Salty Fog Rally 2007, 2009, 2011, 2012, 2014 And DRAT! Missed the last one in 2015!

    -Tom (KA1TOX)

  9. #39
    Jack Herbst
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    My wife started on a Harley Low Rider and never looked back. Great bike for the ladies. I t has a 24" seat and she flat foots easily.Low Low center of gravity. It was designed for smaller, shorter riders. Unlike all BMW's which we would all prefer our wives to ride, it is not ungodly tall with a high center of gravity. 1200 twin cam engine.

    Jack
    "All my life I wanted to be somebody. Now I realize I should have been more specific."

  10. #40
    Unfunded content provider tommcgee's Avatar
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    Quote Originally Posted by jaherbst View Post
    Unlike all BMW's which we would all prefer our wives to ride
    Brand loyalty mystifies me. I like certain bikes and the manufacturer doesn't matter at all. I know that's anathema to many around here, but I'll take the common ground that does exist.
    Salty Fog Rally 2007, 2009, 2011, 2012, 2014 And DRAT! Missed the last one in 2015!

    -Tom (KA1TOX)

  11. #41
    Fuse lit.... PittsDriver's Avatar
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    I would get her the biggest best most capable bike she can handle and assume she'll grow in to it. I think a lot of money is wasted on "starter" whatevers instead of buying the thing you really wanted/needed.
    2012 K1600GT, Vermillion Red (for the epic road trips) (gone but not forgotten)
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  12. #42
    Registered User donbmw's Avatar
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    My advice is to have her take a Motorcycle training course for the learing of how to control a motorcycle. Then looke for a motorcycle of 400CC or larger to actual ride. She may find that she will want to go on longer trips than what she would on a 250cc bike.

    When I started riding my brother inlaw had started at the same time. He was able to use a friends 175 for learing and I was able to use it to. I then bought a 500cc bike and am glade I did. I was going every where on it and a small cc bike would not have worked except for just going around town.

    Don
    1975 R90/6, 1980 and 1982 R65, !959 TR3A Triumph Car

  13. #43
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    Quote Originally Posted by PittsDriver View Post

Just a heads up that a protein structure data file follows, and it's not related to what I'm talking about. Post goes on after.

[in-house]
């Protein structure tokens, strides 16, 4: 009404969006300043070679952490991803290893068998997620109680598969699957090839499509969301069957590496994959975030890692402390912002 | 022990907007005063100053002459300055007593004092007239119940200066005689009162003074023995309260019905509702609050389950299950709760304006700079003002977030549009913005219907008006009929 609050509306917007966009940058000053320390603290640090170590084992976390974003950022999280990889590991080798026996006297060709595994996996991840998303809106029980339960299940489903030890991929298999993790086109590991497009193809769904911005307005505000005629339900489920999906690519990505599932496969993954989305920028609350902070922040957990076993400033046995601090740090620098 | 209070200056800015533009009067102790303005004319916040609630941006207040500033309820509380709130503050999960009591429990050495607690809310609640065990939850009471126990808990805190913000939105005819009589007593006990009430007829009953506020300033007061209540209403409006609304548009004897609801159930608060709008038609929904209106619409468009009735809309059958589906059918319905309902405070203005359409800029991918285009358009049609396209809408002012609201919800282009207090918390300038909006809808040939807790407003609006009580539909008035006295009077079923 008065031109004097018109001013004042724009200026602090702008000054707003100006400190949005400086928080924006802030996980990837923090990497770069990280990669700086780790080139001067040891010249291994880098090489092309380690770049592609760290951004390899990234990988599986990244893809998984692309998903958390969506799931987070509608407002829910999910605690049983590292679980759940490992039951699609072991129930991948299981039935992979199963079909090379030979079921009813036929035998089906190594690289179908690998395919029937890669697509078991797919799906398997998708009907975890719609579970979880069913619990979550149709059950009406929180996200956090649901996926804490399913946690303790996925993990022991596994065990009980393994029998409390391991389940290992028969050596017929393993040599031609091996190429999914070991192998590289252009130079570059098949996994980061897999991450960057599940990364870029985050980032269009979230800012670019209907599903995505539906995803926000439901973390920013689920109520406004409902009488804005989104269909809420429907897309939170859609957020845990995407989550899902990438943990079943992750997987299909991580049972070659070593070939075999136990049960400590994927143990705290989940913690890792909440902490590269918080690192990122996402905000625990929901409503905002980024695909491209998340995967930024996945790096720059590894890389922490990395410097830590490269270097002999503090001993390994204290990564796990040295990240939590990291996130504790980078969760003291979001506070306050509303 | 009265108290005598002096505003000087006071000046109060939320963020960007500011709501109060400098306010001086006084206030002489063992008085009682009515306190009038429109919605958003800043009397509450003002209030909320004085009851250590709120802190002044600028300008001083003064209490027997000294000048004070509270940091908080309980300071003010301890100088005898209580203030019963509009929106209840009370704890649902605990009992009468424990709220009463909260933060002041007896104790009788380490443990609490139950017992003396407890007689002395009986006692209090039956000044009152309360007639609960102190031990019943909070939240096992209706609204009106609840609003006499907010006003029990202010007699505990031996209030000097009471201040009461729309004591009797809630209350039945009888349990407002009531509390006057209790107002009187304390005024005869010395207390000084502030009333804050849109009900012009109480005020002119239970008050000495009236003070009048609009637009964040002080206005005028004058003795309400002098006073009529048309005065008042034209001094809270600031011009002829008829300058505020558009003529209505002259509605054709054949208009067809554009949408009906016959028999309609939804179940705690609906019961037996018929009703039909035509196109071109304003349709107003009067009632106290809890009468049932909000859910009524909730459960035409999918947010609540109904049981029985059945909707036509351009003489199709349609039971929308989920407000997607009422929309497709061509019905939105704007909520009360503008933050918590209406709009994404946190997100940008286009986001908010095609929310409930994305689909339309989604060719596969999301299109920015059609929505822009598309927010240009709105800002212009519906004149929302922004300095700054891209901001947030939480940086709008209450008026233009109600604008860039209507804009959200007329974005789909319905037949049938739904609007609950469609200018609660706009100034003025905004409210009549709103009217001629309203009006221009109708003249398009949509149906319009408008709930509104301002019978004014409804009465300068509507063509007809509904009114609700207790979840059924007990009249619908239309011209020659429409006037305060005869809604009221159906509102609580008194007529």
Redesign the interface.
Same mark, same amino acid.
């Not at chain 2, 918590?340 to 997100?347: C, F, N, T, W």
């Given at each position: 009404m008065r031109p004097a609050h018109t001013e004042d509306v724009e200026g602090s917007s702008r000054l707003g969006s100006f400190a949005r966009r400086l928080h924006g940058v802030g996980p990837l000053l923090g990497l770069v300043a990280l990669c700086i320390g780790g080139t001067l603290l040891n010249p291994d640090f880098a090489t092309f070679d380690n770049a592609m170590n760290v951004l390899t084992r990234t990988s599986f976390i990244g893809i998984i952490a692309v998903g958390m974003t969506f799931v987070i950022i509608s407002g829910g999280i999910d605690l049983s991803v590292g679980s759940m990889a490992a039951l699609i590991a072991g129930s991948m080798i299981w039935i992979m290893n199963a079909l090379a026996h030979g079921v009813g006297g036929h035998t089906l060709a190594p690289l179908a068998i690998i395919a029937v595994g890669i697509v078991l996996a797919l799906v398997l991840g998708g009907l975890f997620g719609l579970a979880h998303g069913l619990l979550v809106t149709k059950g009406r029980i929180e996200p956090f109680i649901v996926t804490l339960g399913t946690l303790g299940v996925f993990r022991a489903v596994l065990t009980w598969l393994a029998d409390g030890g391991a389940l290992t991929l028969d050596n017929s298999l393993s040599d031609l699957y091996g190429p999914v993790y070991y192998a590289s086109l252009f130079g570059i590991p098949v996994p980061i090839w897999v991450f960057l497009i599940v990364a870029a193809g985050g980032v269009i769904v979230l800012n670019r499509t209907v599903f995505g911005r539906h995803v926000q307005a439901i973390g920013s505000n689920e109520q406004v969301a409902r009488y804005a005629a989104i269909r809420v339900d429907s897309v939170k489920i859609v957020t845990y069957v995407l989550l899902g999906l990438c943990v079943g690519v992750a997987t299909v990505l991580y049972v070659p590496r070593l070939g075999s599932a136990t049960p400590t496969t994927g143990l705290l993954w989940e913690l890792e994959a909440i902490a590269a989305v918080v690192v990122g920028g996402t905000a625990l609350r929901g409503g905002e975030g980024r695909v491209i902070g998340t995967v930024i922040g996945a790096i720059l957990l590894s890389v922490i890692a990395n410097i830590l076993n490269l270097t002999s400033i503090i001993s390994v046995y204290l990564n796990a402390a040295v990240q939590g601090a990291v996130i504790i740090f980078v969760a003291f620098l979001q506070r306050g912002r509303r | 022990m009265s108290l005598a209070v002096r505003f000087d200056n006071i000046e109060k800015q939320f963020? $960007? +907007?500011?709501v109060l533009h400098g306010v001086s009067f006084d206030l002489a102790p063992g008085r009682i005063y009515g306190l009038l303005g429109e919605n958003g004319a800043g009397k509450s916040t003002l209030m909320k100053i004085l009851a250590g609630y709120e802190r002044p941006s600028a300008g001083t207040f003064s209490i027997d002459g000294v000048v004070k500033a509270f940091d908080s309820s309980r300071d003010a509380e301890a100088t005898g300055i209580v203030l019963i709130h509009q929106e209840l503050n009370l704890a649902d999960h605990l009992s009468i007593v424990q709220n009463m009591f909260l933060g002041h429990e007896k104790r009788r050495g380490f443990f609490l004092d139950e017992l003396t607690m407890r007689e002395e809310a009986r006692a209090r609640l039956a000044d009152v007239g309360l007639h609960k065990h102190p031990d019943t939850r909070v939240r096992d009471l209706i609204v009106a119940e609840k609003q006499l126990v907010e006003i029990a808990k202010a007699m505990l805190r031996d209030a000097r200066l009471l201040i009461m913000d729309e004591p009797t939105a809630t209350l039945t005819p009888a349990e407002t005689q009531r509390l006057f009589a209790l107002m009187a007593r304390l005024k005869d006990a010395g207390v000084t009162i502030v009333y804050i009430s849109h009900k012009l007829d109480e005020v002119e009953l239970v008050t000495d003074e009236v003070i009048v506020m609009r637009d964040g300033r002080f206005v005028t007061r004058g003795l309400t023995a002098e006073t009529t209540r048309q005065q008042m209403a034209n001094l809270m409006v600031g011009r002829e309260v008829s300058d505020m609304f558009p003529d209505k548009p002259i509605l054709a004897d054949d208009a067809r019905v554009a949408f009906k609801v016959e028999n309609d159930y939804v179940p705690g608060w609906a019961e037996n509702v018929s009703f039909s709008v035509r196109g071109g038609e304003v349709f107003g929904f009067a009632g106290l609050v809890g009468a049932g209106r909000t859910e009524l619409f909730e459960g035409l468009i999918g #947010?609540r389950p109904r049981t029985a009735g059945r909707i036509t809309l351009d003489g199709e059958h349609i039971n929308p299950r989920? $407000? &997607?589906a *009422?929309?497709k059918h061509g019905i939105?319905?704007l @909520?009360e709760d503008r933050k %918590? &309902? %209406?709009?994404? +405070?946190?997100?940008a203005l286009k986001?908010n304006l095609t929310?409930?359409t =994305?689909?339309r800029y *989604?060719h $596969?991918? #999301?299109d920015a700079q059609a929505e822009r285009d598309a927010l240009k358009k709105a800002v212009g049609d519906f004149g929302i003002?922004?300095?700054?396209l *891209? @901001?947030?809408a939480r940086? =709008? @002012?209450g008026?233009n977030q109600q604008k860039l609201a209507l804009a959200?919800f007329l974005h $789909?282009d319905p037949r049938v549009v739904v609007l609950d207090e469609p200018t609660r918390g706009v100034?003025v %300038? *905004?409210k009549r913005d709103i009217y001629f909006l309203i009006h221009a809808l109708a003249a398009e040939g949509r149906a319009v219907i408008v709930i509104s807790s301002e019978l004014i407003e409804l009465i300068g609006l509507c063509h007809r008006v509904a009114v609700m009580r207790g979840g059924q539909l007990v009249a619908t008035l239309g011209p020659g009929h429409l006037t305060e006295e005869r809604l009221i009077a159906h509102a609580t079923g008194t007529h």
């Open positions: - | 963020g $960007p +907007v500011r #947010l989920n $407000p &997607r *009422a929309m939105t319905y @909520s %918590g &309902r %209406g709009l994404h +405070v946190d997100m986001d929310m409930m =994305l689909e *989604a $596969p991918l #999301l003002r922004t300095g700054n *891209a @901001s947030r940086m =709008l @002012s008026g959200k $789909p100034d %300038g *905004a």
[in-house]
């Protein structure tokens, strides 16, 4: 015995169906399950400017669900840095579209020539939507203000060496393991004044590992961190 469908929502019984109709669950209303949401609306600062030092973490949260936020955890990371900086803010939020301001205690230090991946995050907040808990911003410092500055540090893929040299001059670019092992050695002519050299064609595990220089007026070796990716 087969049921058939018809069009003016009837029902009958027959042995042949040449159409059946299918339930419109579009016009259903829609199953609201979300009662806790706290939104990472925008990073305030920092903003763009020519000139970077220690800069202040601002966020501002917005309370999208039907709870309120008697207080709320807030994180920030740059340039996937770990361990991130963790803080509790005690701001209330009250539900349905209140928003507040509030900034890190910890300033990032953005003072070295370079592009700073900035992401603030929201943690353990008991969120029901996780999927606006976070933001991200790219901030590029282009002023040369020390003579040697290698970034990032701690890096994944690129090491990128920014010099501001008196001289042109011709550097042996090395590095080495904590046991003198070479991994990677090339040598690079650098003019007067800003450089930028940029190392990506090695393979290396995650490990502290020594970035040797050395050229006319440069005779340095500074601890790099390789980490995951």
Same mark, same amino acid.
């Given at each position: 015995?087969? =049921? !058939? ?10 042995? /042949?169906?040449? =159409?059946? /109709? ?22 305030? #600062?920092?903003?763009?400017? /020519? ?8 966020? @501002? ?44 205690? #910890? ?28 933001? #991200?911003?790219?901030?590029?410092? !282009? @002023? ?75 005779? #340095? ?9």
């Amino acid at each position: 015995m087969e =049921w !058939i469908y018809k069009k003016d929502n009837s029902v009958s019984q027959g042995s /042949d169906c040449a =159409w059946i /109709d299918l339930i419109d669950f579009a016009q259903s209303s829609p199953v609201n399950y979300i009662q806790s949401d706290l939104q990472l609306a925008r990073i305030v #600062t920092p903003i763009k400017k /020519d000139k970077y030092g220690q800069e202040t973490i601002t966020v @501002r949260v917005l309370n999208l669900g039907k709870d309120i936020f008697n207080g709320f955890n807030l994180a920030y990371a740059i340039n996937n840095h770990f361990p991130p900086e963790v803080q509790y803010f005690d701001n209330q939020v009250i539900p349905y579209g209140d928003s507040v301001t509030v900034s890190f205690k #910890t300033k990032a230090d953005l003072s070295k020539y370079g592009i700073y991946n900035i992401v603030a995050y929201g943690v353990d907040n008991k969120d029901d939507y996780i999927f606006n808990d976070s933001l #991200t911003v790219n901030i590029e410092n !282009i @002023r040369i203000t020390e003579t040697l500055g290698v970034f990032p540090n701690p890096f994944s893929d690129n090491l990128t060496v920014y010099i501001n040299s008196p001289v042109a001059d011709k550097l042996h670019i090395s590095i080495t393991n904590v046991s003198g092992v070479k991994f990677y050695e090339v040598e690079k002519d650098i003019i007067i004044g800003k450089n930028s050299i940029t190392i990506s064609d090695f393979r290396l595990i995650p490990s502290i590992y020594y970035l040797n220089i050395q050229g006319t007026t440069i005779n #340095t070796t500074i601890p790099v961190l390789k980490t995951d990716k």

I would get her the biggest best most capable bike she can handle and assume she'll grow in to it. I think a lot of money is wasted on "starter" whatevers instead of buying the thing you really wanted/needed.
    Really?

    Here's some of my resoning to start small-

    How do you know what she can handle before she even begins to ride?

    How many beginners get in over their head with something too powerful or too heavy or too tall for them and they crash or have multiple drops in the driveway and parking lots ?

    How many beginners feel intimidated from the beginning with something too heavy or tall and just give up?

  14. #44
    Dee G flymymbz's Avatar
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    Quote Originally Posted by ClassicVW View Post
    Really?

    Here's some of my resoning to start small-

    How do you know what she can handle before she even begins to ride?

    How many beginners get in over their head with something too powerful or too heavy or too tall for them and they crash or have multiple drops in the driveway and parking lots ?

    How many beginners feel intimidated from the beginning with something too heavy or tall and just give up?
    This.

    This is why I started out on a lowly Honda Rebel. No way in hell would I have ever been able to learn to ride on my Guzzi Cali EV. Or the R850. Had I not been able to learn to ride properly on a bike that I was comfortable on, I'd have given up a long time ago. Either from sheer frustration, or because I was seriously injured in an accident.
    Too damn many bikes to list

  15. #45
    Registered User lkchris's Avatar
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    Quote Originally Posted by ClassicVW View Post
    How do you know what she can handle before she even begins to ride?
    Well, you can observe whether she's a total spaz or a smooth athlete. You've an idea of her strength. Can she ski? (I think skiing is a pretty close analogy)

    You can also tell, frankly, whether she drives a car well. Often distracted or on top of it?

    Just as I wouldn't force a daughter into a microcar as a first car (what's safe about that?) I wouldn't by rote assume the smaller the better for a motorcycle. Women spend a lot of their lives being assailed by men as to their incompetence and this is yet another place not to do that.

    I recall setting up camp in the Jackson Hole KOA on the way to Missoula 1984. It was raining and our group had come through major WY road construction where it seemed they'd taken the old road down to bedrock. It was a fun challenge to say the least on my R100RS. Another group of bikers at the campground contained a young woman who had her "maximum bitch" going. She was on some sort of KAW 250 chopper-look bike. Of course she was po'd--she was on probably the worst bike ever for going somewhere. On a comfortable BMW instead--maybe not so much I've always thought since.

    Starting them out on crap is the wrong approach IMHO. Don't think "paying your dues" sells to their crowd.
    Kent Christensen
    21482
    '12 R1200RT, '02 R1100S, '84 R80G/S